90×200 is an installation that dramatizes the emotions of frustration, anxiety, and delirium through mechanical movements. The work is inspired by the artist’s own experience of being bedridden because of a serious infection. It stages the internal state of push-and-pull with a ghost body accompanied by stale and repetitive machine noises, signaling a symbolic sickness of contemporary living by automation.
The title 90×200 not only describes the dimensions of a single bed, but also evokes the idea of pixelation. As one’s perspective is increasingly commanded by screen pixels, the body is becoming a secondary point of reference to the external world. The work plays out as a crude mechanical resolution, pointing to a possible future which the human body disappears while machinery performs the lingering visceral and psychological residues for eternity.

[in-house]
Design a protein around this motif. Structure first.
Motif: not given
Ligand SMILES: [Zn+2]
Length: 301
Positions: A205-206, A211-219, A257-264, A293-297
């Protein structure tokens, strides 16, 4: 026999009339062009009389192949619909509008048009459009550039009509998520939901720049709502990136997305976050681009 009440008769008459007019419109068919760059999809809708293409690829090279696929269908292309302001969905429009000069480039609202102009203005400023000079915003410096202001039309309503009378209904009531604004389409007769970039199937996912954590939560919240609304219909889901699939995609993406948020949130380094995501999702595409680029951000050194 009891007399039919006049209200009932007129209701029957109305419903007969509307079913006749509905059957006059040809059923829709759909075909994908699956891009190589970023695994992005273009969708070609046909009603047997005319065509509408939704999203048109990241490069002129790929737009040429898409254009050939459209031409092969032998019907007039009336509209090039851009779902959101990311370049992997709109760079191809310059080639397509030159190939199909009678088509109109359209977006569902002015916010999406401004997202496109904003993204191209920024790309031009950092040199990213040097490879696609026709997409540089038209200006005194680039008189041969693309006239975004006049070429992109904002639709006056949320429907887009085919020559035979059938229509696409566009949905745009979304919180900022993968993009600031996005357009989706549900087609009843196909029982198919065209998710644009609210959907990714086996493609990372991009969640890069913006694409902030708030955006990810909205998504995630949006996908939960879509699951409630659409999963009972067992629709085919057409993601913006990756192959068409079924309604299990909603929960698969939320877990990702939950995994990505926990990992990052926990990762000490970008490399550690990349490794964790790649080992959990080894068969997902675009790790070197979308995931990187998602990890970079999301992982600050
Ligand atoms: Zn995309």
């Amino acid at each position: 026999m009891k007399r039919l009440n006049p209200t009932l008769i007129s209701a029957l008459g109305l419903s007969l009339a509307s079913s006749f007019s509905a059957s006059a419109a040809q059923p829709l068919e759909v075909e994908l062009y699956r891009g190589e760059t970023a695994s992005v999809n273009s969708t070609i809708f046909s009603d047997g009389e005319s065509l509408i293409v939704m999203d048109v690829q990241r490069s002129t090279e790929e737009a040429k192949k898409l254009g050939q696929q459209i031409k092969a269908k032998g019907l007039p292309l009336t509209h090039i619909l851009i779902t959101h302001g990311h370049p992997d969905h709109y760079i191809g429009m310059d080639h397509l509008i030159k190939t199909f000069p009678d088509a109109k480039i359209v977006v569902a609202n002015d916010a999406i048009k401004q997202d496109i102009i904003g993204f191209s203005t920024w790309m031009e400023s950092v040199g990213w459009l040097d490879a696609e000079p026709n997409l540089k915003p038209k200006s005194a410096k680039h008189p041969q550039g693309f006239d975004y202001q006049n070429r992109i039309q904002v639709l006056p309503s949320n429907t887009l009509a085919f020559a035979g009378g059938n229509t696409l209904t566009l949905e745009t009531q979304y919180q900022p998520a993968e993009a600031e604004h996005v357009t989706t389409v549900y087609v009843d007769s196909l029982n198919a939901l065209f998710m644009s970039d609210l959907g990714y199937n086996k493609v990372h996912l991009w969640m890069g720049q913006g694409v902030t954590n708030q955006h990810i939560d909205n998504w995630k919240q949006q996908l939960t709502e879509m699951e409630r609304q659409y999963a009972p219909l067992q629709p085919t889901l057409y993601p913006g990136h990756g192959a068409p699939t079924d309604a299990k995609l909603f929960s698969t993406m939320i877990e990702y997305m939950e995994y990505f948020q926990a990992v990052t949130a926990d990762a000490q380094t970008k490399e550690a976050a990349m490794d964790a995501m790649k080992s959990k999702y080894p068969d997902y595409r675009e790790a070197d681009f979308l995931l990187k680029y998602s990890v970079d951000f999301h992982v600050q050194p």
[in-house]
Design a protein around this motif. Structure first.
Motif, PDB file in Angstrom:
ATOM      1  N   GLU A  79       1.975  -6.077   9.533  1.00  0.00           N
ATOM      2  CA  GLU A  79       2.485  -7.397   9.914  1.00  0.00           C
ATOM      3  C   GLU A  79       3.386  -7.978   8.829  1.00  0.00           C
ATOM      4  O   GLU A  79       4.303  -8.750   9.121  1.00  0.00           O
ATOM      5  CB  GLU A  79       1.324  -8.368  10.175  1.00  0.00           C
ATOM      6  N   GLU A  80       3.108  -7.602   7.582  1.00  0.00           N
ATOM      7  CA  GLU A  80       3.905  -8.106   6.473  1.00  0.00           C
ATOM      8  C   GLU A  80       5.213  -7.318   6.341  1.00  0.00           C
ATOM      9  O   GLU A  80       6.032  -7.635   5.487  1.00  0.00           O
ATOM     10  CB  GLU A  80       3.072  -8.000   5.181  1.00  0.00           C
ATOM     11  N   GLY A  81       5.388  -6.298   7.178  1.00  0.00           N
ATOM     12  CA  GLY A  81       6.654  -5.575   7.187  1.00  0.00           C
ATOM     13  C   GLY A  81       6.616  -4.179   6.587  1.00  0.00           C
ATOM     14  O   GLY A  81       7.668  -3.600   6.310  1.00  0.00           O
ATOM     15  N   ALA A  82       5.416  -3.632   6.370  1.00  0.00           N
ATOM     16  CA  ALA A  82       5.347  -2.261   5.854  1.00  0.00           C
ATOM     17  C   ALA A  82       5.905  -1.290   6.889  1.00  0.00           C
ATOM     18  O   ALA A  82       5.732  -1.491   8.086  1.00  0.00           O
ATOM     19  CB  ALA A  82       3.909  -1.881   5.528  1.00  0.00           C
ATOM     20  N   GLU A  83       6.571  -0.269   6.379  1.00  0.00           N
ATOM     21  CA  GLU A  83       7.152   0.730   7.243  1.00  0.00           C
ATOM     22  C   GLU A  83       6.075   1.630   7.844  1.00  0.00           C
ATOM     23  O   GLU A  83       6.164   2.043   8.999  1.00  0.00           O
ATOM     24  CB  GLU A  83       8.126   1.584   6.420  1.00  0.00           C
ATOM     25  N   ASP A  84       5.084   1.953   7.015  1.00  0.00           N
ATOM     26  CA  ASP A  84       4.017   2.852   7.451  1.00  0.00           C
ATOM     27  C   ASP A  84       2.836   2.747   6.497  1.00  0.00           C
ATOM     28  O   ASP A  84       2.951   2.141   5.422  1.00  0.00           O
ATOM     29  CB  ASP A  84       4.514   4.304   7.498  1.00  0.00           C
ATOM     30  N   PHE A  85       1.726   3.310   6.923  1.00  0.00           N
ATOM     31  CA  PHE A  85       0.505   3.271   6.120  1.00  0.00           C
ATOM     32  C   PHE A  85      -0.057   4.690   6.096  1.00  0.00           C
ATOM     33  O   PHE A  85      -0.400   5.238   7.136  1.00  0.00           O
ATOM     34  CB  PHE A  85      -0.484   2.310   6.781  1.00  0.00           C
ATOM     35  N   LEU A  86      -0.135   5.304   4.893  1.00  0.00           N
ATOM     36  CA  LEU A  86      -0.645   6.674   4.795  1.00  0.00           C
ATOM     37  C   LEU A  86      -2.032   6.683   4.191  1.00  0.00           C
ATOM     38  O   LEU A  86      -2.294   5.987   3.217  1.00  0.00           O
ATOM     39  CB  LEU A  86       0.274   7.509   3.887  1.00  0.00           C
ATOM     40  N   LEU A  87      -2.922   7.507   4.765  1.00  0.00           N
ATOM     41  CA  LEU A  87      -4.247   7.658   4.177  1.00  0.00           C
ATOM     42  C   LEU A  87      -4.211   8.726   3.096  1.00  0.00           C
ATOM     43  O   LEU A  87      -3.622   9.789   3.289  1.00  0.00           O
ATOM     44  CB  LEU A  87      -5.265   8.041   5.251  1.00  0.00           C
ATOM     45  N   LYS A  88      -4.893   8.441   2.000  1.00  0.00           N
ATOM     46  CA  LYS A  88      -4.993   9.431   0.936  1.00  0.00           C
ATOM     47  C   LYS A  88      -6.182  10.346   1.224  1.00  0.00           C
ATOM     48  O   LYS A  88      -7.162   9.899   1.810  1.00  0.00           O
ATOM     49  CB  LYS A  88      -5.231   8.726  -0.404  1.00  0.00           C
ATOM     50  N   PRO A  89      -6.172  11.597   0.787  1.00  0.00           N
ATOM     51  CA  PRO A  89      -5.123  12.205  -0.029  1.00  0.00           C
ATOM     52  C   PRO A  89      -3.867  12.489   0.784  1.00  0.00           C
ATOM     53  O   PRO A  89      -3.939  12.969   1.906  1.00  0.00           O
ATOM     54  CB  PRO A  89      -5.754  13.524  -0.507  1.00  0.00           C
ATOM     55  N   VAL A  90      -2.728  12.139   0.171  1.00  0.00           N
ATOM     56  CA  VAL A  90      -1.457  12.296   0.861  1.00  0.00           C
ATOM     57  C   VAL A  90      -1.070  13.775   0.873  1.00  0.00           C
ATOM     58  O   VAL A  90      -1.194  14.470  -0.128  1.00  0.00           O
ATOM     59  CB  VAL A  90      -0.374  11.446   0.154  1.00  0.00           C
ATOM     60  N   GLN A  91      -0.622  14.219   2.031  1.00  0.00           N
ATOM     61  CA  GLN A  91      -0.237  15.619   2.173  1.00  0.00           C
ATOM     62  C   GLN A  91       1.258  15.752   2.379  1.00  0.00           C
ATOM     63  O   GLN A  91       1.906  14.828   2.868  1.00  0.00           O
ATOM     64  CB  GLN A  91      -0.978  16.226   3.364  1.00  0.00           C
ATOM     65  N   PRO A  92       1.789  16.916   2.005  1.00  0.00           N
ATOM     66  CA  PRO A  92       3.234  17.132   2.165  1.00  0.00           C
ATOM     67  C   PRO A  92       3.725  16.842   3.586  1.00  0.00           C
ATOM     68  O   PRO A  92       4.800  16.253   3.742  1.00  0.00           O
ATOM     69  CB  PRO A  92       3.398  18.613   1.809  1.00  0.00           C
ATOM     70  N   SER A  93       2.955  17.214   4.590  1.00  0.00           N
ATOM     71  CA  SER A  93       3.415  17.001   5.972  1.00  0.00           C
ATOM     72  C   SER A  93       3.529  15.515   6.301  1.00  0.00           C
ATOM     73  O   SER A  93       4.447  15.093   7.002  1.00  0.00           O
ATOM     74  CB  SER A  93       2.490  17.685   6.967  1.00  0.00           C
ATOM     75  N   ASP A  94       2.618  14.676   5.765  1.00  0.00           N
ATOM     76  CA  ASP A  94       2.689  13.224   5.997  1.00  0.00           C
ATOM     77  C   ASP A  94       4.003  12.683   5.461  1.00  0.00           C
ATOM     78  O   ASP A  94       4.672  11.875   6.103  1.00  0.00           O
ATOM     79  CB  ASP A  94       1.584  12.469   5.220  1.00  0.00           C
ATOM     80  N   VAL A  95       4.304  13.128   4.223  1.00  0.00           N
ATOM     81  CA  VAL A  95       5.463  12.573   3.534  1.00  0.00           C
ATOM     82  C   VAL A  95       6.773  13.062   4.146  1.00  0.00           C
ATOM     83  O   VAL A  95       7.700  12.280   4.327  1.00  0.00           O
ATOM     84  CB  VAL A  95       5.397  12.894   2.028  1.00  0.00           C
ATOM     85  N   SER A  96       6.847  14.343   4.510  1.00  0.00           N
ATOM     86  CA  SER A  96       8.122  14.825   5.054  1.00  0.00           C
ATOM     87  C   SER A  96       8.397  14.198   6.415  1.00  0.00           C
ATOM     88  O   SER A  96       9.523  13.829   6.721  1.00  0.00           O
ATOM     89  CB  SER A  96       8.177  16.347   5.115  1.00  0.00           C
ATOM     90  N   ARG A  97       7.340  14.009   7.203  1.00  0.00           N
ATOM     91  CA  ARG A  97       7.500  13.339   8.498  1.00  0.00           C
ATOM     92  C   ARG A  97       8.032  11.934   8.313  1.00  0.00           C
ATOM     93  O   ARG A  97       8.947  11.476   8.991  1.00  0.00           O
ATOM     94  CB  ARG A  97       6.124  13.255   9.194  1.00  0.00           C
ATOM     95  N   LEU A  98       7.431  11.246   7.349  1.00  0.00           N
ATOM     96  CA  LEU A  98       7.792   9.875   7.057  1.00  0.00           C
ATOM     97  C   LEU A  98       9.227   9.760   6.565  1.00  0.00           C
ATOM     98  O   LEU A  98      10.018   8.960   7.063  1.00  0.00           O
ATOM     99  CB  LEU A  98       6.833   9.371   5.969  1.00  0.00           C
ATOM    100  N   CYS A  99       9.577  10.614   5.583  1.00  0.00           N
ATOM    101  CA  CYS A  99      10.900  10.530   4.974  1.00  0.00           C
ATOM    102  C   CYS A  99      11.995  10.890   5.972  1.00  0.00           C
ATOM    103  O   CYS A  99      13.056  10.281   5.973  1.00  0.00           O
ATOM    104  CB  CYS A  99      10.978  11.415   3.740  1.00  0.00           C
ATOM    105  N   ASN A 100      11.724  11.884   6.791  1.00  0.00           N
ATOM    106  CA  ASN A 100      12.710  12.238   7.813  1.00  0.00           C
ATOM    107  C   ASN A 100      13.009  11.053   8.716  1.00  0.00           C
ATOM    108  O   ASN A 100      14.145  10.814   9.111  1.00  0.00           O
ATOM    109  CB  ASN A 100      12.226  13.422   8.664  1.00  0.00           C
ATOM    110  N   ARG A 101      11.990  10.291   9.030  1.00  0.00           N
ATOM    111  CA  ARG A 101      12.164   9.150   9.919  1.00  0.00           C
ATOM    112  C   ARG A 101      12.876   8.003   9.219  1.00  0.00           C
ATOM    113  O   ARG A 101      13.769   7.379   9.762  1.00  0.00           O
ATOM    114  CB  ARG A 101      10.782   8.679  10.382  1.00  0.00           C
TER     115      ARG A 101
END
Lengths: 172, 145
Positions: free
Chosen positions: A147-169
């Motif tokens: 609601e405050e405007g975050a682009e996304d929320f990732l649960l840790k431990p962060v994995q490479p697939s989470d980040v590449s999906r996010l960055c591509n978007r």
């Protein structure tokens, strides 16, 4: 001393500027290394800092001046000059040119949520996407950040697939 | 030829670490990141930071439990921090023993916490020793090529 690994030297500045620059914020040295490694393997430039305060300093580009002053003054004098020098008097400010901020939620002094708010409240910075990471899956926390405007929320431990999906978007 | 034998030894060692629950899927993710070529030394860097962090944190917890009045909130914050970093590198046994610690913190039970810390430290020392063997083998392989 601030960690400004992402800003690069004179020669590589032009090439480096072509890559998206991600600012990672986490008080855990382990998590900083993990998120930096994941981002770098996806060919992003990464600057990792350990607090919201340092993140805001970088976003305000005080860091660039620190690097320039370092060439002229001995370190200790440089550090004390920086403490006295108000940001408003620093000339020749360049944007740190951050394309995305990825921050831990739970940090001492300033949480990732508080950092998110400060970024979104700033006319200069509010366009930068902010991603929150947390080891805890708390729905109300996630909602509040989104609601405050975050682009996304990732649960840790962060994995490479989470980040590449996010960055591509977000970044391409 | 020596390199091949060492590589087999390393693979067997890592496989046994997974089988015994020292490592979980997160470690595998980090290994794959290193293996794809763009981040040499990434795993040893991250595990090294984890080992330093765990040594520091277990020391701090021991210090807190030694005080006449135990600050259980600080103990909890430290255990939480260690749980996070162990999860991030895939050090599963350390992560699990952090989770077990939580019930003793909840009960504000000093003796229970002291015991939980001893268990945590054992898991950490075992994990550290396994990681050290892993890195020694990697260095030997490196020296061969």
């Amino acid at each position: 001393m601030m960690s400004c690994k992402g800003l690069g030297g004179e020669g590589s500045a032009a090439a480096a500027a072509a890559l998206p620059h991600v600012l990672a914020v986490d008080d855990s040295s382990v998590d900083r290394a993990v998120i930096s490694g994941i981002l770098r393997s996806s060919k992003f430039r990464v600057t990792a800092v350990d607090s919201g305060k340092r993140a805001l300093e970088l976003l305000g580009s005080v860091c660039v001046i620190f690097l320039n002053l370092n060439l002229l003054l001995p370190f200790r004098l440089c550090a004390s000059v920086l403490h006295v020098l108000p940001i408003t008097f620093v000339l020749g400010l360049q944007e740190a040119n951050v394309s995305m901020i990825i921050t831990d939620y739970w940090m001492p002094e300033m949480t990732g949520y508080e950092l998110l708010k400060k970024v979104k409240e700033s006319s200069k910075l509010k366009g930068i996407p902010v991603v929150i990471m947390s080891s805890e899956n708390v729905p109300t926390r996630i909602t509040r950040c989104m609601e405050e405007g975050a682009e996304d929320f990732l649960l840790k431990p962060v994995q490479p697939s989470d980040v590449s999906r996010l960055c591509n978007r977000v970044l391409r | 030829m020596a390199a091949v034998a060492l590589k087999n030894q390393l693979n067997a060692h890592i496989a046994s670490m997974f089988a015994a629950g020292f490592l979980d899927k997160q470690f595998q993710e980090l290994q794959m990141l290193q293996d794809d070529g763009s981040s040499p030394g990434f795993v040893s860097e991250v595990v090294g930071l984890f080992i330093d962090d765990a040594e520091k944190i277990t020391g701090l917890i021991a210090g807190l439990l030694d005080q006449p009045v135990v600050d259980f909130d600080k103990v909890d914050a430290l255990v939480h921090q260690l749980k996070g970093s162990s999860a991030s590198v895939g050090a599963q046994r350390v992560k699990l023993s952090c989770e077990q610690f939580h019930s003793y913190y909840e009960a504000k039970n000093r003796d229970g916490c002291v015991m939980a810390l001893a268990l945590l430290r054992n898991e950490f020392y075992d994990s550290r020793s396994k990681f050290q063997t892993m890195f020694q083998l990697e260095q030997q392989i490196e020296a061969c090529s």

The work poses three episodes of engagement. One, the viewer is confronted by the motorized choreography as the mattress breathes and the sheets tear; the work inhales into a possible breakdown and then exhales back to inconclusiveness. Two, the audience is faced with his/her own projection of being propped and moved by the bed parts, the motors working the audience through an ambiguous forecast of pain and pleasure. Three, the audience is left wondering the possible outcomes after disengaging from the work: Will the performance outlasts the exhibition? Or will the parts wear themselves out to an unfulfilled promise?
2018-2019 / Installation / 90 x 200 x 60 cm
Cloth, metal, wood, bodily fluids, and electronics